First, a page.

Home Warranties: What is Covered and What is Not?
Home warranties are a controversial subject. Many people will tell you that they are a waste of money, while others swear by them. The reality is, they are probably somewhere in the middle, useful for some situations but often a questionable expenditure in others. Here’s how you can navigate this complicated topic.
What is a Home Warranty?
Home warranties are designed to protect appliances and some of the essential systems in your home. They are not the same as homeowner’s insurance, neither are they a replacement. Home warranties do not cover perils such as fires, structural damage from storms, property crimes and the like. Instead, they cover specific items within your home.
When you purchase home warranty coverage, what you are essentially buying is discounted repair and replacement service on a variety of your home’s major components.
Signing a contract with a home warranty company requires you to pay a service fee, in addition to the money that you have already paid for the warranty, in order to have your appliance or a covered system repaired.
What Does a Home Warranty Cover?
Most home warranty policies have a variety of components that include basic coverage as well as optional packages that provide you with additional coverage for additional feels. What you’ll usually find is base coverage, which varies according to each home warranty company.
The types of items that home warranties can cover include:
- Washers and dryers
- Kitchen appliances such as stoves, dishwashers and refrigerators
- Plumbing systems and water heaters
- Central air conditioning and heating systems
- Main electrical systems, though they would not likely cover the cost of replacing a ceiling fan, since it’s a “fixture”, without another incident involved in why it broke.
General warranty coverage also usually includes items such as doorbells, garbage disposals, ceiling fans and telephone wiring. Add-on policies can cover things such as in-ground pools and other outdoor items, but they need to be disclosed to your home warranty company in advance of coverage being applied.
Because policies vary widely, you cannot automatically assume that all items in a given category will be covered. Items that are often not part of a plan include:
- Faucet repairs
- Outdoor sprinklers
- Items known to be broken prior to the sale of a home
- Haul-away costs
- Exclusions as noted by your policy
Therefore, it’s crucial to read the exact warranty language on the main part of your policy to fully understand your coverage before you sign it. Most of the complaints against home warranty companies come about because policyholders don’t fully understand the terms. Be sure you understand the language about what qualifies for repair and what can be replaced.
With home warranty coverage, most companies will let you pick and choose what you want to cover.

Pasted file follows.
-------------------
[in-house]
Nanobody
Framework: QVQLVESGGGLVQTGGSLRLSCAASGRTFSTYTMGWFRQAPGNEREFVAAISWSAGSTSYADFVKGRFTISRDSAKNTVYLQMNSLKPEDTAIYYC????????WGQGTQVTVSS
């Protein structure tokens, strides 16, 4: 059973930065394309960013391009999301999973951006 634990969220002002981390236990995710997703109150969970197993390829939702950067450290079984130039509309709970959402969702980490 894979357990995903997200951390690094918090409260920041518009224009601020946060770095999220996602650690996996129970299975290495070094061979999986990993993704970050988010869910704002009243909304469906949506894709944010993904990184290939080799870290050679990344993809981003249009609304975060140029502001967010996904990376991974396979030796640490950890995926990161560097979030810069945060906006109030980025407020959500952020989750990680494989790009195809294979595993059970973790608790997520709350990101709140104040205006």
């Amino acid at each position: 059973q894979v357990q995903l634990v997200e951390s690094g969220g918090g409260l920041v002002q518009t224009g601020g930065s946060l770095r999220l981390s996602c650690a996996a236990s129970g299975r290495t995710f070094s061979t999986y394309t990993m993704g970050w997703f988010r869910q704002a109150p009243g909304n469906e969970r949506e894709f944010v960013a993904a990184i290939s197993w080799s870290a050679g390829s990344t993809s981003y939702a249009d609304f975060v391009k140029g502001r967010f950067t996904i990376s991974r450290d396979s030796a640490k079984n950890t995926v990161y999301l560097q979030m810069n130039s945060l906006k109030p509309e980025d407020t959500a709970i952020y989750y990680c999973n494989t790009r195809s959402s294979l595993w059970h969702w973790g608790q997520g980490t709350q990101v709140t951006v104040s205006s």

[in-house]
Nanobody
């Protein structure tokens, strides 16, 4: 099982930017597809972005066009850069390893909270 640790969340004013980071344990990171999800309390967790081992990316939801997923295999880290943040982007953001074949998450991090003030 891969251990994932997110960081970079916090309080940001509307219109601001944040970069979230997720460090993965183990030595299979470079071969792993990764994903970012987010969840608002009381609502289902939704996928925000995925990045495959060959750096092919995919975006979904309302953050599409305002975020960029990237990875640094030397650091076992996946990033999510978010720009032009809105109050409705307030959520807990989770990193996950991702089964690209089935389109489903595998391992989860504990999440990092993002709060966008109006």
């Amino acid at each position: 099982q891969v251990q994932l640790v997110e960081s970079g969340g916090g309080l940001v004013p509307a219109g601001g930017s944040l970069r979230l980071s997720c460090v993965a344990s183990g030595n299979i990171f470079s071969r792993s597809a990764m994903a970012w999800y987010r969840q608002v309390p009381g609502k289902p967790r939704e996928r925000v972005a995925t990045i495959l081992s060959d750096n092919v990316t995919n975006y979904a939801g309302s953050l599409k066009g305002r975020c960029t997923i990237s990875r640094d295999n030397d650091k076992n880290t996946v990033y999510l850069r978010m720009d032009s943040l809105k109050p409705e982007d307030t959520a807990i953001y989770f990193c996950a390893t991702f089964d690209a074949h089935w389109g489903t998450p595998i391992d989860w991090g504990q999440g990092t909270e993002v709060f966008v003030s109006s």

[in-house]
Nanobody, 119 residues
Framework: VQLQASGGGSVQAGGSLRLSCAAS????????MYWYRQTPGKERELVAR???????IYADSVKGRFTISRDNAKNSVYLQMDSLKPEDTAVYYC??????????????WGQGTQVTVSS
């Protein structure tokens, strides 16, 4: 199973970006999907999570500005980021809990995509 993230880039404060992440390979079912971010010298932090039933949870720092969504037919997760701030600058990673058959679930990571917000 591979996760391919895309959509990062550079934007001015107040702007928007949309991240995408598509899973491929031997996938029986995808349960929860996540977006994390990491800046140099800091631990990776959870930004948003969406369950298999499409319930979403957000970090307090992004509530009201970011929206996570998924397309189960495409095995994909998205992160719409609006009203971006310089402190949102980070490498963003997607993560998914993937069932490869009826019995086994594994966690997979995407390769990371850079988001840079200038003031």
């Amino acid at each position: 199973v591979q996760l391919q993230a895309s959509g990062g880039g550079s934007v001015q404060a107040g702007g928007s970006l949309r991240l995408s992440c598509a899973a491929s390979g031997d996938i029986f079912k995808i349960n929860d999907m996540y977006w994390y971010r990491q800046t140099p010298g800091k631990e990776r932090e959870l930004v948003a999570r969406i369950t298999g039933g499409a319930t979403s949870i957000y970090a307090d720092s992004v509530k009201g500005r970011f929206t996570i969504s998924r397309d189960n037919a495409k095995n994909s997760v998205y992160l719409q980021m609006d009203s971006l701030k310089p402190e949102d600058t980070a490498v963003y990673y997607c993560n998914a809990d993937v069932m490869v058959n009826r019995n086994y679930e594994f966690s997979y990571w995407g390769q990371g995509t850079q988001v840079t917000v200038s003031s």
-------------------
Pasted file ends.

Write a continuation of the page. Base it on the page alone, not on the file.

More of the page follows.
- What if I only want coverage for my heating and cooling system?
Many policies will let you buy specialized policies such as those that only cover mechanical systems.
- Does the same thing apply if I only want to cover my major appliances?
How a Home Warranty Works
When you contract with a home warranty provider, you probably won’t be able to use service contractors that you have dealt with in the past. Every home warranty company has agreements with a list of service providers that they have approved. Under terms of your agreement, you’ll have to call the home warranty company to get the needed work. In turn, the company contacts one of its providers who call you to set the appointment to send a technician to your home.
If the provider deems that the repair or replacement is covered by the warranty, the work is performed and you’ll pay a fee to the company providing the service. The fee should be clearly indicated on your contract and is usually from $75 to $125. The idea is the fee will be much less than what you would pay for the repair or replacement. If the item or system can’t be repaired, the home warranty company will pay for replacement and installation under the terms of the contract.
- Can I request a specific service provider to come to my home for a repair?
No, the home warranty company assigns the provider to you.
- What happens if the company denies my claim or I don’t like the outcome?
If you received a home warranty as part of a real estate deal, you may be able to contact your real estate agent to negotiate with the provider to devise a solution. You can also go through the warranty company’s appeals process. Before you do so, however, review all of your documents to make sure that your claim is not affected by one of these conditions:
- Code violations
- Improper maintenance
- Improper installation
- Unusual wear and tear
- pre-existing conditions disclosed in a home inspection
Typical Home Warranty Costs
Home warranties start at about $300 annually and can range up to $800 depending on the add-ons to your policy. The premium is usually paid up front or in installments. Variables that can affect cost include property type and if the home is brand new or over 5,000 square feet. Most home warranty companies have websites where you can get quotes.
Do I Really Need a Home Warranty?
Check to see if your appliances, heating and air conditioning and other mechanical systems are still covered by the warranties that came with the purchase. Remember that you can tailor your coverage to fit your needs.
Home warranties are also recommended for millennials or new homeowners who may not be familiar with the ins and outs of maintenance.
How to Choose a Reliable Home Warranty Company
Home warranty providers vary widely in quality and customer service. To find a reliable one and avoid companies with poor service records, visit review sites to see their ratings, read customer reviews and to compare the advantages and disadvantages of each company listed.